Legal Transplant to Decolonization in the Evolution of India’s Corporate Legislation
In India, most existing legislation resulted from a "legal transplant" that gradually occurred in colonial times. India is a common law country that follows the colonial pattern of law-making. Most of the legislation owes the British East India Company, including regulation of modern business corporations. This paper aimed to examine the history and formation of corporate legislation in India and its deviation from the legislation of the origin country, England. It pointed out the relevance of local conditions in India that led to a different approach to forming corporate law in India. The local conditions in India prevailed over the process of legal transplant. The social, economic, and political factors played a significant role in forming corporate law in India. To such an extent, India deviated from the English company laws and followed the trajectory of different jurisdictions. Using normative legal research, this paper is structured chronologically and progressively to trace the evolution of Indian corporate law. The central premise of the study is that India has strayed from colonial law and current legislation, and its development shows no evidence of strong dependence on English law and little evidence of following in the footsteps of India's colonial past. The economic liberalization and the SEBI Act 1992 simultaneously led to a new approach in corporate law, heavily under the US. The present Indian corporate law and the statutes revolving around it have departed from the transplanted law.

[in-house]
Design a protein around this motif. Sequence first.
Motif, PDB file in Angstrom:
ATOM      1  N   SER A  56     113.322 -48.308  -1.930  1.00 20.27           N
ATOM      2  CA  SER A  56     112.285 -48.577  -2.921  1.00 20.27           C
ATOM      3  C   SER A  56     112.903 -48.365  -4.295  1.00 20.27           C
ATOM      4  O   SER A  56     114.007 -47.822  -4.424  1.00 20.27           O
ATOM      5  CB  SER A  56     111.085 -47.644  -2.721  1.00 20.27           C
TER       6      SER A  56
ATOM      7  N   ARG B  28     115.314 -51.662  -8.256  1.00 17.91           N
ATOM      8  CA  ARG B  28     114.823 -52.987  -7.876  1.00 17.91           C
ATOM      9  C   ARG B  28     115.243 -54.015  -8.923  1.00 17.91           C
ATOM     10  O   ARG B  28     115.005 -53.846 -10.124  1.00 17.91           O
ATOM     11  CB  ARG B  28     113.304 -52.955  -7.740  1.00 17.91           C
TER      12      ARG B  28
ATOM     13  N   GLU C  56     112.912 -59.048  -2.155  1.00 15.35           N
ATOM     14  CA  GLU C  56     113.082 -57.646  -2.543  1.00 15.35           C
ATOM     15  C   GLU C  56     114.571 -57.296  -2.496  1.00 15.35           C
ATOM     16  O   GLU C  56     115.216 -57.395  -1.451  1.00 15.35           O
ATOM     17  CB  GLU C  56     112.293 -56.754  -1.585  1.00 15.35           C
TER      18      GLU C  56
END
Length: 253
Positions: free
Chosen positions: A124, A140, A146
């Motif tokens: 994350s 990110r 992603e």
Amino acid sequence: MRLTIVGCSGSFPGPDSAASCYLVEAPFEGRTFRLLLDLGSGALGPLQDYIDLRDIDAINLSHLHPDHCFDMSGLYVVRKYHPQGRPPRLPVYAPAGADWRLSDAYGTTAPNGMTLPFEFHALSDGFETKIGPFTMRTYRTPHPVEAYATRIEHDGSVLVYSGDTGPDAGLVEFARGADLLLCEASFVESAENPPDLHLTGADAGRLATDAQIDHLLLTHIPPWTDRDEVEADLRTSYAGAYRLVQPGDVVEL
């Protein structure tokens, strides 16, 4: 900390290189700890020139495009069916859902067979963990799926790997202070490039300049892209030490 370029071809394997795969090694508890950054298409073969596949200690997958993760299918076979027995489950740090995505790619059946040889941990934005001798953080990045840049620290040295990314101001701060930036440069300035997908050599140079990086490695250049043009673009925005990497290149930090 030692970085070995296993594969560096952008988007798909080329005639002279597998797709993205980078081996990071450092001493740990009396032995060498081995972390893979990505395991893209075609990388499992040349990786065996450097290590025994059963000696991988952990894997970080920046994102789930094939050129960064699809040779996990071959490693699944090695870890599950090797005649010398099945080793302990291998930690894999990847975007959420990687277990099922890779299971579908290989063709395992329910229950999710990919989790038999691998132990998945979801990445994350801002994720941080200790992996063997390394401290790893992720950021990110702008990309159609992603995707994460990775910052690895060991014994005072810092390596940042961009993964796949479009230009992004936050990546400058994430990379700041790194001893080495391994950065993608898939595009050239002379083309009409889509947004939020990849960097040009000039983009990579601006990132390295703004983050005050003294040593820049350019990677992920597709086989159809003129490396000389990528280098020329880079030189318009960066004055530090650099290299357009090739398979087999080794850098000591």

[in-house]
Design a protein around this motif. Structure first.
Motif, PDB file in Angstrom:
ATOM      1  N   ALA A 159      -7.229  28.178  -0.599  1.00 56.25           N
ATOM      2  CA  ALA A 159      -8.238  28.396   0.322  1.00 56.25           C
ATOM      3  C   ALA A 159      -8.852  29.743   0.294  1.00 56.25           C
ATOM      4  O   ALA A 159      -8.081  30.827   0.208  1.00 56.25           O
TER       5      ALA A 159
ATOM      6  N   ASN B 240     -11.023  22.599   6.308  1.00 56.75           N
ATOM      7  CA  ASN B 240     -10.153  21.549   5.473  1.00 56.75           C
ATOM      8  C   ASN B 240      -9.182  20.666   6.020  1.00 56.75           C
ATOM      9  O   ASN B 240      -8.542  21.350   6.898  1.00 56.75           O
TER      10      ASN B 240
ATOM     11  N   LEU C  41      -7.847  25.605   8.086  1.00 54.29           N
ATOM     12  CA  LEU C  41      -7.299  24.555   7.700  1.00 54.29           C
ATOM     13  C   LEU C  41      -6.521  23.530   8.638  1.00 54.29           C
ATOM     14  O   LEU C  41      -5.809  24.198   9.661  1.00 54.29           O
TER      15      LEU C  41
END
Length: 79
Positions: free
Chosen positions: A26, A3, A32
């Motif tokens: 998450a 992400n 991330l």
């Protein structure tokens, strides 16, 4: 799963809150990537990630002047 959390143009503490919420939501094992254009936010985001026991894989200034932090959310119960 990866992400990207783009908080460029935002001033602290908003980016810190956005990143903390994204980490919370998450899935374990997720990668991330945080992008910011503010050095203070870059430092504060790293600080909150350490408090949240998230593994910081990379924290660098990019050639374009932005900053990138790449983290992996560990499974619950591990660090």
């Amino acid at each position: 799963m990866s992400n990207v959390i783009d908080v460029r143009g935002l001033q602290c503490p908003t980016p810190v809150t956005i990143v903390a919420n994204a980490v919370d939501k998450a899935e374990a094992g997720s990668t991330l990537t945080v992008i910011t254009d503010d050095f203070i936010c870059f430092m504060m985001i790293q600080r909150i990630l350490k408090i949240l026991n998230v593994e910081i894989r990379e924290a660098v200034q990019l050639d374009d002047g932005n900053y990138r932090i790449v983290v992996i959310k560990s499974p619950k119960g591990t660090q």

KEYWORDS: Legal Transplant, Corporate Legislation, Company Law.
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